Eyes on the street: What do tax subsidies for suburban infrastructure look like on the ground?

In the spirit of Denver’s ongoing East Central and East Area neighborhood plans, we’re hoping to illustrate what Denver’s high level tax priorities towards suburban concrete and asphalt look like in real life?

As many of our readers already know, Denver, like most american cities openly embraced a growth “ponzi scheme” following world war II which allowed cities to grow fast and wide. Unfortunately, along the way we forgot to ask whether this new development was able to pay for the ongoing infrastructure maintenance to service these miles of roads, sidewalks, sewer systems, stormwater systems, schools, fire & police departments, and lots and lots of free storage spaces for private vehicles on public property. Unfortunately, the property tax paid by Denver’s suburban property owner’s rarely pays the bill for accessing, maintaining, and servicing their infrastructurally inefficient properties, and Denver looks like this when it comes to paying the infrastructure bill with property tax:

Does your property tax pay for your infrastructure to access and service your property?

This typically gets more exacerbated the further from downtown that we get:

Interestingly, many neighborhoods that are typically known as wealthy or “nice” are often some of the biggest beneficiaries of these infrastructure subsidies from people who often live closer to downtown, are more likely to rent, and often have lower net worth. Polo Club neighborhood is one of the worst offenders.

What does this actually look like on the street though? Understanding that annual infrastructure maintenance costs $1.06/sq. ft. of land in Denver, here is a financial break down with Denver’s median single family home, duplex, 4-plex, and rowhome:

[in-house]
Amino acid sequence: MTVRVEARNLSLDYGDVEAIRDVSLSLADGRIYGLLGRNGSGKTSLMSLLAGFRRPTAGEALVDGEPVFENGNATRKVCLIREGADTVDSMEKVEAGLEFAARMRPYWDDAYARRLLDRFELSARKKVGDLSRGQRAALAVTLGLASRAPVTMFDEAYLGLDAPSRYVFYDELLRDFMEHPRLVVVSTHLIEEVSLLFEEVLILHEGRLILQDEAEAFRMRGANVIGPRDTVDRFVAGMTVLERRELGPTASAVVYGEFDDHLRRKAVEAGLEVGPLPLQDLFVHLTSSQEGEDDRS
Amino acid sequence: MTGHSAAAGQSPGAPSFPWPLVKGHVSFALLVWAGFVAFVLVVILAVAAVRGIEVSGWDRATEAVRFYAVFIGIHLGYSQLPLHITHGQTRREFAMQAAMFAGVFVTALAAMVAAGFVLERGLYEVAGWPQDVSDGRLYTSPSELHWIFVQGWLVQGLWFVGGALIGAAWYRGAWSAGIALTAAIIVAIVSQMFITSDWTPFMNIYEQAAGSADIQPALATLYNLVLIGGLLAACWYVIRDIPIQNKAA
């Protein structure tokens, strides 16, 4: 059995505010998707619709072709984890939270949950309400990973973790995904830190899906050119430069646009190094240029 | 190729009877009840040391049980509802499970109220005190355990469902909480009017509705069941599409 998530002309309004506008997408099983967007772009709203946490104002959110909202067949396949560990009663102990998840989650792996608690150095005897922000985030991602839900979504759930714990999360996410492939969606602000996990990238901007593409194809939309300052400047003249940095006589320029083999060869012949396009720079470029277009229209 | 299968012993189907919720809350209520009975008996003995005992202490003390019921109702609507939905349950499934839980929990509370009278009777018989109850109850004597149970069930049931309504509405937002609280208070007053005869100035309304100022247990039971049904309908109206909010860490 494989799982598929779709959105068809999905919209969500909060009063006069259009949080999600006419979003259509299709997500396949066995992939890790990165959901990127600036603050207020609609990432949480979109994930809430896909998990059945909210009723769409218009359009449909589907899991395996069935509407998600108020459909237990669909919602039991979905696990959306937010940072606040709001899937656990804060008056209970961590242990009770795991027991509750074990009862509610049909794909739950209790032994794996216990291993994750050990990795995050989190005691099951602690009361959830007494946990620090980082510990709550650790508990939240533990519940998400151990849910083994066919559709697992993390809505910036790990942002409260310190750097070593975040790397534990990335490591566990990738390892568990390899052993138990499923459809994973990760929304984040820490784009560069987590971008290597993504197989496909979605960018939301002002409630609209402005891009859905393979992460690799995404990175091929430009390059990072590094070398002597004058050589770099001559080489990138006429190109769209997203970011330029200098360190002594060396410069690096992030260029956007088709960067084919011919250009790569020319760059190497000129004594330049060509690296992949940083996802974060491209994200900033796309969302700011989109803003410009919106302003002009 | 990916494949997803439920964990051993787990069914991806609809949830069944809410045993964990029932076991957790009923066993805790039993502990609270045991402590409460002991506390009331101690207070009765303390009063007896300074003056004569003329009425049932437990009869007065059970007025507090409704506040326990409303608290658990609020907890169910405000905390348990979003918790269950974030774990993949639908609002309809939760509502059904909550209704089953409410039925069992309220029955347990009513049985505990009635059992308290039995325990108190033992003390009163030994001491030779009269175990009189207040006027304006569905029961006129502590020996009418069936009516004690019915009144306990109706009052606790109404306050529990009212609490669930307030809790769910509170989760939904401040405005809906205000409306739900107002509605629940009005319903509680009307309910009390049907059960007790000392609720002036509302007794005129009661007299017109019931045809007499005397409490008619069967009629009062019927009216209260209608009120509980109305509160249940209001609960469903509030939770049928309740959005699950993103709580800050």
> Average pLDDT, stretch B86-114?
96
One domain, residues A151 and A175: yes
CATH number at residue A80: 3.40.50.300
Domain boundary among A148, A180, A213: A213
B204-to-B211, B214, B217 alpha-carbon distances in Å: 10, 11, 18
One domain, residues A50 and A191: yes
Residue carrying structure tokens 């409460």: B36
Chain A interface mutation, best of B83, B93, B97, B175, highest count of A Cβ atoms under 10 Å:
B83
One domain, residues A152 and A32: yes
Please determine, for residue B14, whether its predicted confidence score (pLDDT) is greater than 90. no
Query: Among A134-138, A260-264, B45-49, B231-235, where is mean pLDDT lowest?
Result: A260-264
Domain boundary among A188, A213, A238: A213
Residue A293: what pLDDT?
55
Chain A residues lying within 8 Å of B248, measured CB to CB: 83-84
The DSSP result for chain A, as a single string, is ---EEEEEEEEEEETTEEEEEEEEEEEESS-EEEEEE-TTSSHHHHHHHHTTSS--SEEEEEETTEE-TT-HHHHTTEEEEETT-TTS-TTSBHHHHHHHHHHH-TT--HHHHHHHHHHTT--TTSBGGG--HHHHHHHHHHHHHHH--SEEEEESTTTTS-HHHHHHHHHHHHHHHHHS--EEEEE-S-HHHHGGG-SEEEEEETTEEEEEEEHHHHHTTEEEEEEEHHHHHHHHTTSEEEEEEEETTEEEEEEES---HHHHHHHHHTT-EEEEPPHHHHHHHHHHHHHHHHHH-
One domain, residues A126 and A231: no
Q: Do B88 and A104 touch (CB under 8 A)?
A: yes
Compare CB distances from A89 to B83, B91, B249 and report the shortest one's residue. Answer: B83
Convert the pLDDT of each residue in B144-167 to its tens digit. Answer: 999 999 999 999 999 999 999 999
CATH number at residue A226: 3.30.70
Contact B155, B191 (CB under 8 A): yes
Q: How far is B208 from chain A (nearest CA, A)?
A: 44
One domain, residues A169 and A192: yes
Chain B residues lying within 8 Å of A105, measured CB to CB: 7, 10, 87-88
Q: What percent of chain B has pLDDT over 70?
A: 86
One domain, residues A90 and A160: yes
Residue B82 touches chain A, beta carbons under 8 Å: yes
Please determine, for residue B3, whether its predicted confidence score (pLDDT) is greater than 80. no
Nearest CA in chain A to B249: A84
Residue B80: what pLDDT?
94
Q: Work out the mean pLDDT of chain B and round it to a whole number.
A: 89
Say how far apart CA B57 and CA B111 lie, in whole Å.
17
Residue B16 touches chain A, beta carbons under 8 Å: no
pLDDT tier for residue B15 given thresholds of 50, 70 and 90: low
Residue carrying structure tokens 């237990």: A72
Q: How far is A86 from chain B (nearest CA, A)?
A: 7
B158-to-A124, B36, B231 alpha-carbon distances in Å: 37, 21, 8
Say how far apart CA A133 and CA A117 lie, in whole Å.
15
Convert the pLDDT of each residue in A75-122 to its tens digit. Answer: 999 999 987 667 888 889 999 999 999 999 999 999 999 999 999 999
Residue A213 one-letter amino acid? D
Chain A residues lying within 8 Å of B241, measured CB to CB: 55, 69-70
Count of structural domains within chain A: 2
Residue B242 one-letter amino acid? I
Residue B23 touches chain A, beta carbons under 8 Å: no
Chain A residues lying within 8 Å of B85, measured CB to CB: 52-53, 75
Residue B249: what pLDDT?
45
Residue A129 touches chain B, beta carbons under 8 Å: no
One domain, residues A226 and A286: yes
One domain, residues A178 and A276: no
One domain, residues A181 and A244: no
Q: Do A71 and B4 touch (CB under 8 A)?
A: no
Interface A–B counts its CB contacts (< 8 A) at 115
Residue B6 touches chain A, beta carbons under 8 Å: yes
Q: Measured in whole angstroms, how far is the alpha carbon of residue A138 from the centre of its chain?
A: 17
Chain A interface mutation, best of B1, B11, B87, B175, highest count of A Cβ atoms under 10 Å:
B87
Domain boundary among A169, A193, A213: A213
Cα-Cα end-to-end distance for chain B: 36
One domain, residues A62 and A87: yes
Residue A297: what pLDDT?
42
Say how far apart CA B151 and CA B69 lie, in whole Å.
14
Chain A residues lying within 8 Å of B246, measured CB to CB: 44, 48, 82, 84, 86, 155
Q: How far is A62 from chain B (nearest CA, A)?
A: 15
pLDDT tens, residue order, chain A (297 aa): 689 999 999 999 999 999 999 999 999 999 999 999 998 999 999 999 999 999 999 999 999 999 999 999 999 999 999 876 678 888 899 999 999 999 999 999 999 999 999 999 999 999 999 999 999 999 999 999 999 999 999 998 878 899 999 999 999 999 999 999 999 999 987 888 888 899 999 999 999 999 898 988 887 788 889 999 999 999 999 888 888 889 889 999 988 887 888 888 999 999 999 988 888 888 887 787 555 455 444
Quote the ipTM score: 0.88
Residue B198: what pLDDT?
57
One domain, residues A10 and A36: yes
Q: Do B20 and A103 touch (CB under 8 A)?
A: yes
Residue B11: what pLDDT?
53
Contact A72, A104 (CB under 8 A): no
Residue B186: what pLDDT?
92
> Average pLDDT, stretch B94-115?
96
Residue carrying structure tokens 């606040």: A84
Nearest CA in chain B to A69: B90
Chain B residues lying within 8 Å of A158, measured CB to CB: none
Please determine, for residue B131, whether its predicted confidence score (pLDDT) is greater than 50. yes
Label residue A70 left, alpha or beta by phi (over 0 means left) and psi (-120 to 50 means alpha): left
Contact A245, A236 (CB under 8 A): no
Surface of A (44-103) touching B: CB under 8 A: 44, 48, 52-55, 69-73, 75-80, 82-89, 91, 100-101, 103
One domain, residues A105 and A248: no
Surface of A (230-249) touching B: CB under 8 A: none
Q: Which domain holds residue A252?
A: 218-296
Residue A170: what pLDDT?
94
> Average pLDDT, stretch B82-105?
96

Single Family Homes with large lots, lots of street frontage, and lots of roads, sewers, sidewalks, paved parking, and stormwater to access and service the properties don’t have enough property tax base to support the maintenance for this built environment.
Duplex – the numbers are getting better and about half the subsidy of a single family home, but still requiring a lot of help from more productive places.
Smaller lot sizes, less street frontage per family, and more economical asphalt and concrete require even less of a subsidy. Added environmental efficiencies of shared walls and less energy use per resident especially if located near to jobs, restaurants, and services that the residents would frequent with transportation.
Finally an economically productive building type and a positive return on the cities public infrastructure investment even in a somewhat low land value area.

So what?

Denver is a very fortunate city in that it has plenty of sales tax, and lodging tax to make up the difference, but it isn’t very equitable, and not very financially resilient in the case that Denver experiences any future recessions or drawbacks in sales tax. Let’s be conscious of what were building and the long term liabilities of the development Denver promotes through its zoning and tax systems.

Leave a Reply